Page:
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How Do Cats Always Land On Their Feet?

Updated: August 9, 2022 by Kristen Chapple

The million-dollar question everybody asks about cats is how do cats always land on their feet. That magical ability our feline friends have, of always landing on their feet, is called the cat righting effect. Or at least that’s how scientists call it.

But we can agree on the fact that all of us are impressed on how are our little furry friends able to achieve that and not hurt themselves while falling from quite great heights. Some say it’s myth, others say it’s miracle, some bet on physics to explain everything. We chose the latter to elucidate the mystery.

So How Do Cats Always Land on Their Feet?

Well, let’s first establish the facts. Most of the time, a cat will be able to twist its body and land on their feet. But that doesn’t always occur without harm, and sometimes, some cats, especially the older and less agile ones, don’t survive a great fall.

This innate ability to orient itself in the air and fall in the right position is given by a cat’s way of life, which revolves around – at least in cats living into the wild – a lot of hunting, running, jumping, and catching prey, including birds. And hunting birds means being able to catch them in mid-flight, which leads to a cat’s secret landing abilities.

The main movement a feline makes in mid-air to reorient itself in the right position and land on its feet is twisting its spine in opposite directions at the same time in order to create the necessary force to gain back balance and turn the body around, feet ready to hit the ground first.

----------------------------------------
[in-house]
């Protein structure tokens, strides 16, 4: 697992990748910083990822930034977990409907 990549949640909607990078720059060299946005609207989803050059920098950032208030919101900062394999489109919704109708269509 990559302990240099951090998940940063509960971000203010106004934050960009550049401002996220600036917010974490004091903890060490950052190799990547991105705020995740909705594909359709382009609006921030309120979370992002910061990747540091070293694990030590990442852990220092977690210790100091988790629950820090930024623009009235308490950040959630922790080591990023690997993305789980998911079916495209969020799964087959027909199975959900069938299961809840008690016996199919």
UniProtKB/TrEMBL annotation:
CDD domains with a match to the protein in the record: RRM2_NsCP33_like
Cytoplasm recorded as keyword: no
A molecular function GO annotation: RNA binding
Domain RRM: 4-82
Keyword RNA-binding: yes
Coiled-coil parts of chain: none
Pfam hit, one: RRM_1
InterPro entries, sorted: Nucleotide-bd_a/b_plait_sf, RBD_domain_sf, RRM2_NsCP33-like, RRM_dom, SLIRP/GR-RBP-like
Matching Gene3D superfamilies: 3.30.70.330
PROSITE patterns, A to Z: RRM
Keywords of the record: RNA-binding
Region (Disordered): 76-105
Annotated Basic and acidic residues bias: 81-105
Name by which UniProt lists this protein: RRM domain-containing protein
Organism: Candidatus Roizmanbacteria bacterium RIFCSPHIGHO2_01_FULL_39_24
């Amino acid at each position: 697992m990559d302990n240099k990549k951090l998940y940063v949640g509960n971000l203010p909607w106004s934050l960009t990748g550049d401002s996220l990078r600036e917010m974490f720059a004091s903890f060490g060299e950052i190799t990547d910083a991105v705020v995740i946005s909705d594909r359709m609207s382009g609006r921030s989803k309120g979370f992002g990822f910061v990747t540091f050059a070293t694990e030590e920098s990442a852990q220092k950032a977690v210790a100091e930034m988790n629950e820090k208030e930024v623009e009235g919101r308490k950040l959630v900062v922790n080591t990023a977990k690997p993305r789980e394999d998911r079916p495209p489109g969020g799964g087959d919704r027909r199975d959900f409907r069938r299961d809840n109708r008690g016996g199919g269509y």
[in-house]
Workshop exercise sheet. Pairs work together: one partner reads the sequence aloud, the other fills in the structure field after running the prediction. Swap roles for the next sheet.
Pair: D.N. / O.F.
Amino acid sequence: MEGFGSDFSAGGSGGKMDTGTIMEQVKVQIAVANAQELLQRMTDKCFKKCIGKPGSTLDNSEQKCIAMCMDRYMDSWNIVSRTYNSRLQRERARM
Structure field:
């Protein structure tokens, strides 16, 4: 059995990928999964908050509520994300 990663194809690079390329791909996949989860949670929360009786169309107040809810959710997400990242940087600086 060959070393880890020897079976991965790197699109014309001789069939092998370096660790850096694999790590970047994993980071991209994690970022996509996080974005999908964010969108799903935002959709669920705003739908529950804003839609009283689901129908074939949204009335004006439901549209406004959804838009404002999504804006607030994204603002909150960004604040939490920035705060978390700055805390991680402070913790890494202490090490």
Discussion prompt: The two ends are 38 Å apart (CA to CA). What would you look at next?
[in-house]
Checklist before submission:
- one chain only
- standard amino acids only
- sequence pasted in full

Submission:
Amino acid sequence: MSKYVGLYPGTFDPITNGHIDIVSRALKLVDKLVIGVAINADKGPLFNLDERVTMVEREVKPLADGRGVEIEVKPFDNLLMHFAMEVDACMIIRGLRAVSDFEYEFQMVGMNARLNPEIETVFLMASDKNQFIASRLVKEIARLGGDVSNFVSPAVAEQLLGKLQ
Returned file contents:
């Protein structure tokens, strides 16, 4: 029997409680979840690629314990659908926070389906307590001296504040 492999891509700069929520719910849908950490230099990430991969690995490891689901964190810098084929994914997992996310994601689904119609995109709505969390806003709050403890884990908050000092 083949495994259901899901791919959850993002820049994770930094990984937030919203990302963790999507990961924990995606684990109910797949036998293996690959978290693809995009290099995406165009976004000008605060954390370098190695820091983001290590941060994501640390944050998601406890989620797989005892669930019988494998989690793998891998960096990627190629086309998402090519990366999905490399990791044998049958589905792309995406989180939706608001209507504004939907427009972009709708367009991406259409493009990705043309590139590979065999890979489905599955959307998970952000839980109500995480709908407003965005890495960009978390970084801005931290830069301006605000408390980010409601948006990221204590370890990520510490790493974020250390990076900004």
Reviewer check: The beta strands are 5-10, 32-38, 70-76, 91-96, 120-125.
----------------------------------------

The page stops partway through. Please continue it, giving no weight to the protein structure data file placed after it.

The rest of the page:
The shift in balance begins right in the first moment of the flight or fall. The cat first rotates his head, led by his eyes and ears, until facing the right way. Then the spine follows the movement along with the front feet, making the front half of the cat’s body rotate at a different angle and speed than the rear half.

The hind legs and the back of his spine first rotate a little bit in the opposite direction to help the front half of the body and then join the corrective movement, twisting to follow the first part of the cat’s body.

The cat then positions his legs underneath him, ready for impact, with the front paws close to the jaw to protect the head from the impact of the fall. The whole body of a cat then relaxes and spreads out to absorb the impact.

The Little Secrets Behind

The other features that help cats always land on their feet are their small size, shock-absorbing leg structure, flexible backbone, light bone structure and a thick fur that helps with reducing the speed of the fall.

Some studies even show that cats are less injured when falling from higher stories because they have more time to reorient their bodies. But still, a study doesn’t guarantee anything, so be careful when your cat is on the windowsill watching pigeons. Make sure the window is closed. She might not be just watching.

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